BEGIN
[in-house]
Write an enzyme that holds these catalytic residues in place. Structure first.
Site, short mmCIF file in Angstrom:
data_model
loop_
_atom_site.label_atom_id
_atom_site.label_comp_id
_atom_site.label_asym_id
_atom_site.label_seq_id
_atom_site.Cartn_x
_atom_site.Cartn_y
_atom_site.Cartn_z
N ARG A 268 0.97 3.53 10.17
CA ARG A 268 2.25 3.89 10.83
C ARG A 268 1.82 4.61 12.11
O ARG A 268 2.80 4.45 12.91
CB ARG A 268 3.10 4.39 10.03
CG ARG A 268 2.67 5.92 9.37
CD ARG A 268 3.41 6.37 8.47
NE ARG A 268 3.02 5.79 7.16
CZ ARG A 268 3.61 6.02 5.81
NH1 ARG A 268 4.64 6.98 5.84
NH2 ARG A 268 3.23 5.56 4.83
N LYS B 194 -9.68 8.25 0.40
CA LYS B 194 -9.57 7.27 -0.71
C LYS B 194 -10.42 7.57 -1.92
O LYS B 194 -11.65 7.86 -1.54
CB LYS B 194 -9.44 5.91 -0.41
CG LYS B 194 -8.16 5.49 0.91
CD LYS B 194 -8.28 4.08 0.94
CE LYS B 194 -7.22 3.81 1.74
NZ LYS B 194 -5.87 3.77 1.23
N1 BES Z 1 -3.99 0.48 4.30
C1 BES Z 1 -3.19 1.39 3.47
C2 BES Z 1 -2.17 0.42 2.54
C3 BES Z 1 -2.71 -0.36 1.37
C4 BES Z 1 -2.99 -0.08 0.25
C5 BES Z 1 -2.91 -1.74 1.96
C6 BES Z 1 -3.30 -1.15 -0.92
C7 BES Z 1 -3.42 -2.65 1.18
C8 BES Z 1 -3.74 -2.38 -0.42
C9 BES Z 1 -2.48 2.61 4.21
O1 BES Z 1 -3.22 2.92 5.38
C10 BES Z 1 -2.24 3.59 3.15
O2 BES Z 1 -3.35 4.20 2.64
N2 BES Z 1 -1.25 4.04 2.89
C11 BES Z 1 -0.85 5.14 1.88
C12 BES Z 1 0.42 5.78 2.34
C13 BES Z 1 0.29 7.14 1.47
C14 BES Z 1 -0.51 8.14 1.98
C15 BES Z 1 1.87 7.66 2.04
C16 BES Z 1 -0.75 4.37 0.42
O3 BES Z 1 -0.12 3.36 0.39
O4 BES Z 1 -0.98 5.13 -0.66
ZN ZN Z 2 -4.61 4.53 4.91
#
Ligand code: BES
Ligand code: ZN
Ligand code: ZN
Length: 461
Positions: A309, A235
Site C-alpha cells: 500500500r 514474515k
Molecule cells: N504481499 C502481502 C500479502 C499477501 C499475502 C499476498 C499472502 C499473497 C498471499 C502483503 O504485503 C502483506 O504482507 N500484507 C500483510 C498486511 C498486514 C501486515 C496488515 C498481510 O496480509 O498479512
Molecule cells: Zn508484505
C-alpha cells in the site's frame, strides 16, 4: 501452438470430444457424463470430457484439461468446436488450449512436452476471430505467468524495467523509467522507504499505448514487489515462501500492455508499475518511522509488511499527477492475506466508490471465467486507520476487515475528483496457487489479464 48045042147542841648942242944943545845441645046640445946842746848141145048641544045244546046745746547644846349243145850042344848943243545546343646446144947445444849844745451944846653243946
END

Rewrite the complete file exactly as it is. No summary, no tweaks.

[in-house]
Write an enzyme that holds these catalytic residues in place. Structure first.
Site, short mmCIF file in Angstrom:
data_model
loop_
_atom_site.label_atom_id
_atom_site.label_comp_id
_atom_site.label_asym_id
_atom_site.label_seq_id
_atom_site.Cartn_x
_atom_site.Cartn_y
_atom_site.Cartn_z
N ARG A 268 0.97 3.53 10.17
CA ARG A 268 2.25 3.89 10.83
C ARG A 268 1.82 4.61 12.11
O ARG A 268 2.80 4.45 12.91
CB ARG A 268 3.10 4.39 10.03
CG ARG A 268 2.67 5.92 9.37
CD ARG A 268 3.41 6.37 8.47
NE ARG A 268 3.02 5.79 7.16
CZ ARG A 268 3.61 6.02 5.81
NH1 ARG A 268 4.64 6.98 5.84
NH2 ARG A 268 3.23 5.56 4.83
N LYS B 194 -9.68 8.25 0.40
CA LYS B 194 -9.57 7.27 -0.71
C LYS B 194 -10.42 7.57 -1.92
O LYS B 194 -11.65 7.86 -1.54
CB LYS B 194 -9.44 5.91 -0.41
CG LYS B 194 -8.16 5.49 0.91
CD LYS B 194 -8.28 4.08 0.94
CE LYS B 194 -7.22 3.81 1.74
NZ LYS B 194 -5.87 3.77 1.23
N1 BES Z 1 -3.99 0.48 4.30
C1 BES Z 1 -3.19 1.39 3.47
C2 BES Z 1 -2.17 0.42 2.54
C3 BES Z 1 -2.71 -0.36 1.37
C4 BES Z 1 -2.99 -0.08 0.25
C5 BES Z 1 -2.91 -1.74 1.96
C6 BES Z 1 -3.30 -1.15 -0.92
C7 BES Z 1 -3.42 -2.65 1.18
C8 BES Z 1 -3.74 -2.38 -0.42
C9 BES Z 1 -2.48 2.61 4.21
O1 BES Z 1 -3.22 2.92 5.38
C10 BES Z 1 -2.24 3.59 3.15
O2 BES Z 1 -3.35 4.20 2.64
N2 BES Z 1 -1.25 4.04 2.89
C11 BES Z 1 -0.85 5.14 1.88
C12 BES Z 1 0.42 5.78 2.34
C13 BES Z 1 0.29 7.14 1.47
C14 BES Z 1 -0.51 8.14 1.98
C15 BES Z 1 1.87 7.66 2.04
C16 BES Z 1 -0.75 4.37 0.42
O3 BES Z 1 -0.12 3.36 0.39
O4 BES Z 1 -0.98 5.13 -0.66
ZN ZN Z 2 -4.61 4.53 4.91
#
Ligand code: BES
Ligand code: ZN
Ligand code: ZN
Length: 461
Positions: A309, A235
Site C-alpha cells: 500500500r 514474515k
Molecule cells: N504481499 C502481502 C500479502 C499477501 C499475502 C499476498 C499472502 C499473497 C498471499 C502483503 O504485503 C502483506 O504482507 N500484507 C500483510 C498486511 C498486514 C501486515 C496488515 C498481510 O496480509 O498479512
Molecule cells: Zn508484505
C-alpha cells in the site's frame, strides 16, 4: 501452438470430444457424463470430457484439461468446436488450449512436452476471430505467468524495467523509467522507504499505448514487489515462501500492455508499475518511522509488511499527477492475506466508490471465467486507520476487515475528483496457487489479464 48045042147542841648942242944943545845441645046640445946842746848141145048641544045244546046745746547644846349243145850042344848943243545546343646446144947445444849844745451944846653243946